Alpine Zone Rainbow Lake Whistler

Rainbow Lake Map v11

Recommended Books About Geology in BC

In Search of Ancient British ColumbiaRoadside GeologyHere are two excellent books on the Geology of British Columbia.  In Search of Ancient British Columbia by Barbara Huck is one of our favourites.  It focuses on southern BC and covers each individual region separately.  The Lower Mainland chapter explains the geology, paleontology and archaeology of the region stretching from Vancouver, Sea to Sky, Garibaldi Park and north to Mount Meager and Meager Hot Springs.  Quite a lot of the book is devoted to how the last ice age shaped the land and inhabitants of southern BC.  The chapters on Vancouver Island are particularly good as the geological history was particularly chaotic and the history of glaciation around present day Victoria is very interesting.  Roadside Geology of Southern British Columbia by Bill Mathews and JWH Monger is a wonderful geologic history of BC and covers some great features along the Sea to Sky Highway.

**We participate in the Amazon Services LLC Associates Program and earn a small commission on purchases we link through to Amazon at no extra cost to you.  We only link to books and products we love and highly recommend.  Thanks for your support!**

Mills Winram was a very active mountaineer from Vancouver with some very notable ascents in the 1920's and 1930's.  He, along with Fred Parkes and Stan ...
Read more
Along the shore of Green Lake, you will find a monstrous old Caterpillar tractor that dates from the 1930’s.  Abandoned here in the 1950’s, it looks as if the ...
Read more
Mount Garibaldi is the huge, potentially active volcano that Garibaldi Provincial Park is named after.  Mount Garibaldi also lends its name to the Garibaldi ...
Read more
The Rubble Creek trailhead is the main access point for many of the best hikes and sights in Garibaldi Provincial Park.  Rubble Creek is located midway ...
Read more
Rainbow Lodge was a popular wilderness lodge in the small community called Alta Lake, and what would eventually be called Whistler  It was a fishing and ...
Read more
Whistler spruce is a hybrid of the Sitka spruce and the interior Engelmann spruce. Sitka spruce trees thrive in the rainforests of the Pacific Northwest ...
Read more
The Cloudraker Skybridge and the Raven’s Eye Cliff Walk are new additions to the summit of Whistler Mountain.  The Cloudraker Skybridge stretches 130 ...
Read more
The Cordilleran Ice Sheet covered most of north-west North America for much of the last 2.6 million years.  At the Last Glacial Maximum during the Last ...
Read more

Hiking in Whistler in October is often unexpectedly stunning.  The days are much shorter and colder but the mountains are alive with colour from the fall ...
Read more
November in Whistler is when the temperatures plummet and the first heavy snow falls in the alpine and often in Whistler Village.  The hiking opportunities become ...
Read more
December hiking in Whistler is mainly done on snowshoes, though if it hasn't snowed for a few days, trails to Whistler Train Wreck and Rainbow Falls can ...
Read more
There are plenty of beautiful and free snowshoe trails in Whistler and Garibaldi Provincial Park.  From the surreal paintings of Whistler Train Wreck to ...
Read more

Rent Hiking Gear Whistler & Garibaldi Park

Whistler & Garibaldi Hiking

Easy Hiking Trail WhistlerAlexander Falls  Moderate Hiking Trail Whistler Dog FriendlyAncient Cedars  Moderate Hiking Trail WhistlerBlack Tusk  Pay Use Hiking Trail WhistlerBlackcomb Mountain  Easy Hiking Trail WhistlerBrandywine Falls  Moderate/Hard Hiking Trail Whistler Dog FriendlyBrandywine Meadows  Moderate/Hard Hiking Trail Whistler Dog FriendlyBrew Lake  Easy Hiking Trail WhistlerCallaghan Lake  Moderate Hiking Trail WhistlerCheakamus Lake  Whistler Hiking Trail EasyCheakamus River  Whistler Hiking Trail HardCirque Lake  Whistler Hiking Trail EasyFlank Trail  Moderate Hiking Trail WhistlerGaribaldi Lake  Moderate Hiking Trail WhistlerGaribaldi Park  Moderate Hiking Trail WhistlerHelm Creek  Moderate Hiking Trail Whistler Dog FriendlyJane Lakes  Joffre Lakes Hike in Whistler in SeptemberJoffre Lakes  Moderate Hiking Trail Whistler Dog FriendlyKeyhole Hot Springs  Hiking Trail Hard Dog FriendlyLogger’s Lake  Whistler Hiking Trail EasyMadeley Lake  Moderate/Hard Hiking Trail Whistler Dog FriendlyMeager Hot Springs Easy Hiking Trail WhistlerNairn Falls  Whistler Hiking Trail HardNewt Lake  Moderate Hiking Trail WhistlerPanorama Ridge  Whistler Hiking Trail EasyParkhurst Ghost Town  Hiking Trail Hard Dog FriendlyRainbow Falls  Moderate Hiking Trail WhistlerRainbow Lake  Moderate/Hard Hiking Trail Whistler Dog FriendlyRing Lake  Moderate Hiking Trail WhistlerRusset Lake  Whistler Hiking Trail EasySea to Sky Trail  Easy Hiking Trail WhistlerSkookumchuck Hot Springs  Easy Hiking Trail WhistlerSloquet Hot Springs  Sproatt East  Moderate Hiking Trail WhistlerSproatt West  Moderate Hiking Trail WhistlerTaylor Meadows  Whistler Hiking Trail EasyTrain Wreck  Hiking Trail Hard - Whistler TrailsWedgemount Lake  Pay Use Hiking Trail WhistlerWhistler Mountain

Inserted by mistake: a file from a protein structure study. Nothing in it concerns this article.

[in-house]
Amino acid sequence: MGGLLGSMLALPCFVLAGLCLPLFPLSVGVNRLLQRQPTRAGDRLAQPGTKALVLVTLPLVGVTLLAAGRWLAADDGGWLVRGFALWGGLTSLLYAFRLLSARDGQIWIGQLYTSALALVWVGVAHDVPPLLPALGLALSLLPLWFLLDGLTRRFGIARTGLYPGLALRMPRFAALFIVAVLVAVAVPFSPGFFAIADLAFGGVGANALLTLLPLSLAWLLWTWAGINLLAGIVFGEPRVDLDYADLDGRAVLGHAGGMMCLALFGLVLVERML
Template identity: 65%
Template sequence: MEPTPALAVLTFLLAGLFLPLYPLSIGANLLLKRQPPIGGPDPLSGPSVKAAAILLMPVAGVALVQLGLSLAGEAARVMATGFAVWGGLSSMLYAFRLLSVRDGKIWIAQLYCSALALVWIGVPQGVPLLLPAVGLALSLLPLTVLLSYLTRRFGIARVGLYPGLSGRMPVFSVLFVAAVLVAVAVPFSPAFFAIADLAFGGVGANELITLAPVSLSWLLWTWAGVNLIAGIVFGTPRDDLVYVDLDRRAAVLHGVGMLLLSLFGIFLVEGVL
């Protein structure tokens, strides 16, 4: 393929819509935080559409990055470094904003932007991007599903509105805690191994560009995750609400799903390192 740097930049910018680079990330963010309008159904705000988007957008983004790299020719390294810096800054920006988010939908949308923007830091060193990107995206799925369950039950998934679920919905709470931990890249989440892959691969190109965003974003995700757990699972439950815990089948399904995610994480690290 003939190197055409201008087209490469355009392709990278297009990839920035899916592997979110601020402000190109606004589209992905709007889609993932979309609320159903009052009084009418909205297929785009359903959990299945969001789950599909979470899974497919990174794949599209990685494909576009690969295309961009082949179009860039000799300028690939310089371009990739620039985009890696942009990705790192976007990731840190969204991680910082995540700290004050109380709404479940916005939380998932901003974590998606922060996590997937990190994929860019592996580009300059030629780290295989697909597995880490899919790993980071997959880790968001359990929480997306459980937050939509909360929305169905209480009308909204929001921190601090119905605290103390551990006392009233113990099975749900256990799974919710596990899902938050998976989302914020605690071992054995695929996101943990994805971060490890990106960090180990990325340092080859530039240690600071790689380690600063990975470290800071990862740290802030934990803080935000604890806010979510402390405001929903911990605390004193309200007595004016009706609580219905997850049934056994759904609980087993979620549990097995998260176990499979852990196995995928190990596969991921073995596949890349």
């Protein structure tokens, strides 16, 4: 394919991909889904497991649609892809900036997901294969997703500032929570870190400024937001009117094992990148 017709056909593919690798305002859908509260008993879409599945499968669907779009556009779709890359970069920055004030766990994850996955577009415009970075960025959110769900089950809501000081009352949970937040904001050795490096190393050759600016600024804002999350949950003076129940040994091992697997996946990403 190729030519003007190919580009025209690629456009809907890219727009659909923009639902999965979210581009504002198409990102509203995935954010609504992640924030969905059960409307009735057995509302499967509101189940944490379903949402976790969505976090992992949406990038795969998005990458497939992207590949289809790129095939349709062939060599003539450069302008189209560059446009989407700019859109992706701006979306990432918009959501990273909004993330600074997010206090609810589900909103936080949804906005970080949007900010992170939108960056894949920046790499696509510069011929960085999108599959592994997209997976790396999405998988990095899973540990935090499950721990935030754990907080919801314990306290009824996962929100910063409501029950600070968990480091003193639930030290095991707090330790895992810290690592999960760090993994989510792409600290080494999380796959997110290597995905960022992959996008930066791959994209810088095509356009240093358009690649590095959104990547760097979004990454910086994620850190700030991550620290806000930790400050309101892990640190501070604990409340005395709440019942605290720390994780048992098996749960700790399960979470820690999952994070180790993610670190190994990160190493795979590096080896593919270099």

Winter Hiking WhistlerJanuary  Winter Hiking WhistlerFebruary  Spring Hiking WhistlerMarch  Spring Hiking WhistlerApril  Spring Hiking WhistlerMay  Summer Hiking WhistlerJune  Summer Hiking WhistlerJuly  Summer Hiking WhistlerAugust  Fall Hiking WhistlerSeptember  Fall Hiking WhistlerOctober  Fall Hiking WhistlerNovember  Winter Hiking WhistlerDecember

The alpine hiking trails on Whistler Mountain are the ultimate in luxurious, quick-access alpine hiking. Little effort gets you amazing views of turquoise lakes, snowy mountains, valleys of flowers and ...
Read more
Nairn Falls is a wonderful, crashing and chaotic waterfall that surrounds you from the deluxe viewing platform that allows you to safely watch it from above.  The beautiful, green water rushes through the ...
Read more
Helm Creek is a cute, meandering creek that winds its way from beyond Black Tusk, down the valley to the wonderful campground that takes its name. From the Helm Creek campground, Helm Creek descends further ...
Read more
Sloquet Hot Springs is a wonderfully wild set of shallow, man-made pools fed by a small, all natural, and very hot, waterfall. The pools stretch from the waterfall to the large and crashing Sloquet River. The ...
Read more